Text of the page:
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Manitoga: A Short History

I wish this shelter to blend with the landscape… I will make it of the rock to be found there, of the lumber to be found there, and I will cover it with the vines that are native.

– Russel Wright

Originally the location of an abandoned quarry and logging site, the property at Manitoga in Garrison, NY was purchased by American modernist and industrial designer Russel Wright and his wife, Mary, in 1942 with the aim of transforming the place not only into a home, but into a revelatory experience intergrating modern design with nature.

Russel Wright

Wright is best known for his work in the 1930’s through 1950’s as a designer of artistically innovative yet practical housewares and furnishings that revolutionized the way Americans lived at home. Believing that “good design is for everyone,” his signature American Modern dinnerware and other houseware designs helped usher in the modern American lifestyle.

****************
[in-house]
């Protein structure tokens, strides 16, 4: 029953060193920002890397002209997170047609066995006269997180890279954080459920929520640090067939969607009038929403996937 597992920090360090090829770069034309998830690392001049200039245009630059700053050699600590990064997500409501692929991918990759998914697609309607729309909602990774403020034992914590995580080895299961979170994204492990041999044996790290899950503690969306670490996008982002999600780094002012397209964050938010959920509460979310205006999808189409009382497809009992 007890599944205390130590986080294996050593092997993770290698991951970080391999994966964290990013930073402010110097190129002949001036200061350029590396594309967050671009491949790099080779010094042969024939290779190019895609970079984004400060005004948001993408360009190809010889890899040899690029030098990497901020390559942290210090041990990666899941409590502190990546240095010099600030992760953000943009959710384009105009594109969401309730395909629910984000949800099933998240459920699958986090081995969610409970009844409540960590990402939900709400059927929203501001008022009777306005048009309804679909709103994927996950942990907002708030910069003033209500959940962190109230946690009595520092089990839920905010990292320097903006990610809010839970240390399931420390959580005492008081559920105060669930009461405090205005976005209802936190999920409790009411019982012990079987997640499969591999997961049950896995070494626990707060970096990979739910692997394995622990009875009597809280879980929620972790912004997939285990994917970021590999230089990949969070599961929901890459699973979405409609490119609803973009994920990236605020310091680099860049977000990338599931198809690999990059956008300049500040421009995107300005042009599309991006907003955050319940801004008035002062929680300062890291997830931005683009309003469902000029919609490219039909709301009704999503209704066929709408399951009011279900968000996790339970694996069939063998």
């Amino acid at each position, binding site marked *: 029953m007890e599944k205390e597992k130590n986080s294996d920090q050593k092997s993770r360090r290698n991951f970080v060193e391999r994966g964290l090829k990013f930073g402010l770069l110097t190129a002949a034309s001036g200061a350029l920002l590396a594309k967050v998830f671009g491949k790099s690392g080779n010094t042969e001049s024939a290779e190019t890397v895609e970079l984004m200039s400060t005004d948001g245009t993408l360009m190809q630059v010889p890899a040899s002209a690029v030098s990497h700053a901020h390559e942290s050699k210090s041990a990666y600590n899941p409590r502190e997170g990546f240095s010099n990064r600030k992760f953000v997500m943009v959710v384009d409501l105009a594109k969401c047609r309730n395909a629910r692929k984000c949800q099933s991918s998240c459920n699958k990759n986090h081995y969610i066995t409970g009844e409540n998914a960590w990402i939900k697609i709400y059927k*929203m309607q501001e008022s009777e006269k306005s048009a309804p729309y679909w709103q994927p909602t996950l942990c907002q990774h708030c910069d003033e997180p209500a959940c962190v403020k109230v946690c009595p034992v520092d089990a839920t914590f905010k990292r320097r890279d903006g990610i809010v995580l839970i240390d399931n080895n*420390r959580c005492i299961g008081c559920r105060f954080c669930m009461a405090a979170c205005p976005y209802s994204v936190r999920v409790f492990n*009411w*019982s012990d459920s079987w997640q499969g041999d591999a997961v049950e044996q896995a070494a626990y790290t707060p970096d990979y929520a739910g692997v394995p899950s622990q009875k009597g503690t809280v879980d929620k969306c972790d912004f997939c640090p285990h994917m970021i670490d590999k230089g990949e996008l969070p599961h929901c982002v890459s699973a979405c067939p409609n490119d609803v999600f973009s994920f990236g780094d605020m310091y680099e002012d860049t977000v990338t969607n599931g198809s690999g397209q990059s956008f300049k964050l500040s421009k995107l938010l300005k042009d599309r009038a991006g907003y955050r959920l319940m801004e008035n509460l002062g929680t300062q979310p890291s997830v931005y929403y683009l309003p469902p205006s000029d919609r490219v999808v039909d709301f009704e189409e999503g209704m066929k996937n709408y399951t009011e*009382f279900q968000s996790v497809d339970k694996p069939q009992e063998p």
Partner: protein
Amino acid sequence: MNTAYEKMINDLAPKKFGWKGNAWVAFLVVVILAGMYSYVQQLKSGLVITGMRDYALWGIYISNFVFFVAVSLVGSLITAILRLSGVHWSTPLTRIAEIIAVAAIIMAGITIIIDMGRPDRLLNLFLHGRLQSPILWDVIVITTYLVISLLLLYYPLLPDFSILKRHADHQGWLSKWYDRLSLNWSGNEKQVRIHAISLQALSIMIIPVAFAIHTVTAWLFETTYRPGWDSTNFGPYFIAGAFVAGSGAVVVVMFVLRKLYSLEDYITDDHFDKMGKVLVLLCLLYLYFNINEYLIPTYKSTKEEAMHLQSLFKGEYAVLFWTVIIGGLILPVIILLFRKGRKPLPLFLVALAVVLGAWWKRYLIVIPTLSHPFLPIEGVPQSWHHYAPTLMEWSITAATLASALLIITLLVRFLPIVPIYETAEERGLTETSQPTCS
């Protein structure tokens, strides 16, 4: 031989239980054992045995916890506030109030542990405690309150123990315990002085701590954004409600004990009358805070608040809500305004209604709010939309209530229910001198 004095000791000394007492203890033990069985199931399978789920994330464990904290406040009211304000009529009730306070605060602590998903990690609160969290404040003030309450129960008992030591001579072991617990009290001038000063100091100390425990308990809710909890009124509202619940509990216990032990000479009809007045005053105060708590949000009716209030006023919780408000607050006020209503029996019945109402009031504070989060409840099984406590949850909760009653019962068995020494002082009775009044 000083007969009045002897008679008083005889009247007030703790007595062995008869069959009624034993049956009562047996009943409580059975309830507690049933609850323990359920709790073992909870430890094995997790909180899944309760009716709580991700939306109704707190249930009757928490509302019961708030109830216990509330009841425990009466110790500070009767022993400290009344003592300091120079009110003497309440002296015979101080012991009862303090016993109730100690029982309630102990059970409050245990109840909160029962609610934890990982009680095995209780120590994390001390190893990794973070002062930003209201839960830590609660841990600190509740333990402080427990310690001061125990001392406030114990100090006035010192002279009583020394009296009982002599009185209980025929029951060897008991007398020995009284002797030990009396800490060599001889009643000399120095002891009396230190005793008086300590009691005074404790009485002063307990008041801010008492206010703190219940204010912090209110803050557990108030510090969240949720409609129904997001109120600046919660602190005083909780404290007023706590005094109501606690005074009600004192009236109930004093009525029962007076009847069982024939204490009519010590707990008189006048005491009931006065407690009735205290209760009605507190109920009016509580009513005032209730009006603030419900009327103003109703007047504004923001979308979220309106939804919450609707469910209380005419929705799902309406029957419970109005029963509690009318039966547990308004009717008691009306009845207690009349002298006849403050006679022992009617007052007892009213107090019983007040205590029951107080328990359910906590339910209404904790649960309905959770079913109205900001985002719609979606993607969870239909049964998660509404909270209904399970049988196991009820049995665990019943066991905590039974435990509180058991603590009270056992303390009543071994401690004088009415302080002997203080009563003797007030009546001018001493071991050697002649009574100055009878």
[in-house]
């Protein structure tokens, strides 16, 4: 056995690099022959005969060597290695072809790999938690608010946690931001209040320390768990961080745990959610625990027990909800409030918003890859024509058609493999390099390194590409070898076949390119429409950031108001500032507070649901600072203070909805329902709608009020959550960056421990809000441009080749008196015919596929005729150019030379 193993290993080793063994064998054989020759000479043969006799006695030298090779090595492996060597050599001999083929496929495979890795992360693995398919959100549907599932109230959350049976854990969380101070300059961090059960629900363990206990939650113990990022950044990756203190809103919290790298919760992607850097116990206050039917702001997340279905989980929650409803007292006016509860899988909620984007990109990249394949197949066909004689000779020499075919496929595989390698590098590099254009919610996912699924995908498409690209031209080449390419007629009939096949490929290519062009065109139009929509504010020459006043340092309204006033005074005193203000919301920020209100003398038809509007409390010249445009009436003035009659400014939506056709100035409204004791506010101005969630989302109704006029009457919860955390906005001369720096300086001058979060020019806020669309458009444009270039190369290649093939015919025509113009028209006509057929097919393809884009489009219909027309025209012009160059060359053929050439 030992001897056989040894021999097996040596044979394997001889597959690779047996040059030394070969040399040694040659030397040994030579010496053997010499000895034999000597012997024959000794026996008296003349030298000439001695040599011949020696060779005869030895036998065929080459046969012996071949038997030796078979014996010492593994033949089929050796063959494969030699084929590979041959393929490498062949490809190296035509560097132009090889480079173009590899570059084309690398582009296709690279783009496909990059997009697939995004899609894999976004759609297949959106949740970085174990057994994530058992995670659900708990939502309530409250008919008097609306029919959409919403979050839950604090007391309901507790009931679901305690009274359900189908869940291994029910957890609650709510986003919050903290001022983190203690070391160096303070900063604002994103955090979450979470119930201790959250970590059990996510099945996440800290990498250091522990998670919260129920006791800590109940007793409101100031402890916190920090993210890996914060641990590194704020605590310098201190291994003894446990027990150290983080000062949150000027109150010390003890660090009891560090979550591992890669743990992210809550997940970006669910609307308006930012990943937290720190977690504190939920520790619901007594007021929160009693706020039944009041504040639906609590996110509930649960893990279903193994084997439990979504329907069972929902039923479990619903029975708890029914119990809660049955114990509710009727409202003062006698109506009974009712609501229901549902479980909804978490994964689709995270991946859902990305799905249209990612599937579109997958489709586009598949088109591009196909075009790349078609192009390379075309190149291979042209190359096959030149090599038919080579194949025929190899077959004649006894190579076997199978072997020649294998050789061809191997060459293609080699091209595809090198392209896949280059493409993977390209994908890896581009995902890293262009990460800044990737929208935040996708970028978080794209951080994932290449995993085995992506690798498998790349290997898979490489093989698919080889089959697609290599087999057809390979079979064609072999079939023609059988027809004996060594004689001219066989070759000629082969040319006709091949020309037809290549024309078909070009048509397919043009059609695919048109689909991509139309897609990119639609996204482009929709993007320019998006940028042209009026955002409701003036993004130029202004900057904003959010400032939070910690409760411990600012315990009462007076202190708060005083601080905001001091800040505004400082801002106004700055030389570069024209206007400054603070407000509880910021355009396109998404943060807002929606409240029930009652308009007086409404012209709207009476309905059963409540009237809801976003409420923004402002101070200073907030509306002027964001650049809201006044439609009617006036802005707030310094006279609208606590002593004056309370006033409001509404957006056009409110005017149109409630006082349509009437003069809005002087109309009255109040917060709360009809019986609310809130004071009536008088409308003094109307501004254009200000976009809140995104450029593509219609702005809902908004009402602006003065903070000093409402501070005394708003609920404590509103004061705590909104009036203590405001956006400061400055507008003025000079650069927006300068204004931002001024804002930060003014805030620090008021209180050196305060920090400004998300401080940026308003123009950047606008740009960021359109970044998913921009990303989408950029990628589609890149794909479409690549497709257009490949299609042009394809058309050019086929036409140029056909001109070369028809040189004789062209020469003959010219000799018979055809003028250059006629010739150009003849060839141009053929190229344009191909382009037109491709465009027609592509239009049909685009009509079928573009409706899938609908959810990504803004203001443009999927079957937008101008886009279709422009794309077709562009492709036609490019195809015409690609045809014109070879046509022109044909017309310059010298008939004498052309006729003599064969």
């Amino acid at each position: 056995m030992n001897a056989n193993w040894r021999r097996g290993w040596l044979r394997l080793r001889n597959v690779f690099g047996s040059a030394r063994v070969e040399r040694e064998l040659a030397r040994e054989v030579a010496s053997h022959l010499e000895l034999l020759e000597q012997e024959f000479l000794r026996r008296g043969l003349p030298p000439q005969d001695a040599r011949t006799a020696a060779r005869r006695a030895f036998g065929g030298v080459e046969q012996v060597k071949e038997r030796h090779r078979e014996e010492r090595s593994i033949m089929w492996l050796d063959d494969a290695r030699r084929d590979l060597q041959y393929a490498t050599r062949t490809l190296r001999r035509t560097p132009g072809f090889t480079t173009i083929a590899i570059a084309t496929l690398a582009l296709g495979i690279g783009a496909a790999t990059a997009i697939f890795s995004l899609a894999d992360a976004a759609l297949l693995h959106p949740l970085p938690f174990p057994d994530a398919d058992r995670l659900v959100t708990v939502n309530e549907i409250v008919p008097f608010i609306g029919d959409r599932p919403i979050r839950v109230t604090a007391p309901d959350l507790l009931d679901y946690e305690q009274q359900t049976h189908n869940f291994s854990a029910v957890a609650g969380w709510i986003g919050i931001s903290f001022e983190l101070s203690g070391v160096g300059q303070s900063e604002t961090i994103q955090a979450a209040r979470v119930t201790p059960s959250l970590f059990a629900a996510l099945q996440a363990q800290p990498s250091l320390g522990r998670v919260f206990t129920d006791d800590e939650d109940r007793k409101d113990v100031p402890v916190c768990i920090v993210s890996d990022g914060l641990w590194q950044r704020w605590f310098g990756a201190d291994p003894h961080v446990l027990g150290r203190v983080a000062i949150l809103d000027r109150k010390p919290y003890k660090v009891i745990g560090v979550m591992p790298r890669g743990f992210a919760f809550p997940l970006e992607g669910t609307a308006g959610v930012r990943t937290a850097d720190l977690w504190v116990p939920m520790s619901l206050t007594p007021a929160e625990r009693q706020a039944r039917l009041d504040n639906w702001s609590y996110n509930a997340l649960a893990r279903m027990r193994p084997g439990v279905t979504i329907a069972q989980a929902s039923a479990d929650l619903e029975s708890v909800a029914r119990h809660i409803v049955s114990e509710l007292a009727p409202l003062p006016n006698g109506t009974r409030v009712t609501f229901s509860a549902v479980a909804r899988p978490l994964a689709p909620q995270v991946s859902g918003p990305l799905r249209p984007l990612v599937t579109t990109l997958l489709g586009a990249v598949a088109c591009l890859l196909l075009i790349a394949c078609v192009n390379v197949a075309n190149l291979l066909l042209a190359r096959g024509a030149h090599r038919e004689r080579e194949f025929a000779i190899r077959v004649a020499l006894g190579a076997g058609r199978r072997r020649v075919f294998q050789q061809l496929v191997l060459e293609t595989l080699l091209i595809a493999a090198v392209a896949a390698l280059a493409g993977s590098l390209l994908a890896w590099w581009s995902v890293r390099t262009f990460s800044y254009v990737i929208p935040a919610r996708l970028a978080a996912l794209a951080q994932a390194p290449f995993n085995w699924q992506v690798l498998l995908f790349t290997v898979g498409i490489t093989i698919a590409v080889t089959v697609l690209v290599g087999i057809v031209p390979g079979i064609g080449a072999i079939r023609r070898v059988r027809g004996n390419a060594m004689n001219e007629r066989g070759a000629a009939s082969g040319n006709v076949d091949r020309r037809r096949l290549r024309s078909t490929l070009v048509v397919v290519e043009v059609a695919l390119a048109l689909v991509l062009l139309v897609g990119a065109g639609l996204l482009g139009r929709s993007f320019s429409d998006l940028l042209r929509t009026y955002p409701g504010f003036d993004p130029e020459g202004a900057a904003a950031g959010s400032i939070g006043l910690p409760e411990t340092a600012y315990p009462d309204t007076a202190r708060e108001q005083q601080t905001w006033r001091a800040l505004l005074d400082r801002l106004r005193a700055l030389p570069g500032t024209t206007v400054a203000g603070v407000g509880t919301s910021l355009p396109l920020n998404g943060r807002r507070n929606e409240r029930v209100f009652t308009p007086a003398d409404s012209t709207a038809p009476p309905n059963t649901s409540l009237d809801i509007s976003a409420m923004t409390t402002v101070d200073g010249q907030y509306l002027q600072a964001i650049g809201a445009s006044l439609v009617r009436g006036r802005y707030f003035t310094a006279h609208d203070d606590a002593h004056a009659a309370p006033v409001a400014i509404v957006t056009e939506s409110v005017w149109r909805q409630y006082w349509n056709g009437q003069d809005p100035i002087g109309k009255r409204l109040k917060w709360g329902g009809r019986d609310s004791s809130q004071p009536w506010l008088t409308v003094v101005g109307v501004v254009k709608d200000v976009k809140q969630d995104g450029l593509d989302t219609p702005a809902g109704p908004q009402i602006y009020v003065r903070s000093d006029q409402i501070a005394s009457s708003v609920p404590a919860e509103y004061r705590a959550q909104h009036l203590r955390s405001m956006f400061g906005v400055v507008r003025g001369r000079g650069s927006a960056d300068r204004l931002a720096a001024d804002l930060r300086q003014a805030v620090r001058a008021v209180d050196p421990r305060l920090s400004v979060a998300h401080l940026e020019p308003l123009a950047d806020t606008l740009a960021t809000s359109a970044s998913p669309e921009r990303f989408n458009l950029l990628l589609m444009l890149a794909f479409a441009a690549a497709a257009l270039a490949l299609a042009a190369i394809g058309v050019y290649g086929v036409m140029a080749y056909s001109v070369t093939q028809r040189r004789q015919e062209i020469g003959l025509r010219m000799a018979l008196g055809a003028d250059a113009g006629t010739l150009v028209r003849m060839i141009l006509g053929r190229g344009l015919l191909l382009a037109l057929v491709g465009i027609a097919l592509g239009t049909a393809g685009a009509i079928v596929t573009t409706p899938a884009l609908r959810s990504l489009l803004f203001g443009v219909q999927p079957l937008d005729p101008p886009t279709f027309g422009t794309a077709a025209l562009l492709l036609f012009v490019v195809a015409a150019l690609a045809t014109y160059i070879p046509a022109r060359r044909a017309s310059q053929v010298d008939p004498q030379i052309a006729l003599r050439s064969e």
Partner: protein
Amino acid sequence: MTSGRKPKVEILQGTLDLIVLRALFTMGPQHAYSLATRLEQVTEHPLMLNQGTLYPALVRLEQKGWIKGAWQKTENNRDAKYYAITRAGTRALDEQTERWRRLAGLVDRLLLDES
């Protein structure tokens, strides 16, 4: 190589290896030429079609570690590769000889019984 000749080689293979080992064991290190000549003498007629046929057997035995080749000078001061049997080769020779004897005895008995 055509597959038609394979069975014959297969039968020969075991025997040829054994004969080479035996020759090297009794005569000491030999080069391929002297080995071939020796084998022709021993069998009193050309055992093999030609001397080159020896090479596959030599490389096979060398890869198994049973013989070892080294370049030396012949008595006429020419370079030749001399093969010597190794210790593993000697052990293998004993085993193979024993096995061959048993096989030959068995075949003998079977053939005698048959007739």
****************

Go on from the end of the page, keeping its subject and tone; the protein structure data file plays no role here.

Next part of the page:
This success as a designer allowed Wright the opportunity to take on what he felt was his greatest project, the creation of Manitoga. It would take 30 years to revive the property from its ravaged industrial status while simultaneously imbuing it with his famed modern aesthetic.

His home and surrounding woodland pathways were all designed to reveal nature to visitors in ways that would make the viewer feel integrated with the environment. Wright would pass away in 1976 and deeded the property to the Nature Conservancy. Manitoga would eventually form its own nonprofit organization in 1984 and in 2006 was granted National Historic Landmark status.

Outside the house, the site provides visitors with three miles of woodland paths designed by Wright through a 75-acre landscape. This year, the Jolly Rovers Trail Crew has partnered with Manitoga/ The Russel Wright Design Center through our Stewards of Stonework program to revive the Killalemy Trail, a pathway which takes visitors up the remains of the quarry pit. Significant amounts of stonework were installed during Wright's lifetime. They have since begun to shift and pathways have eroded as visitors to the site have increased. Our job is to restore this path to Wright's original vision.

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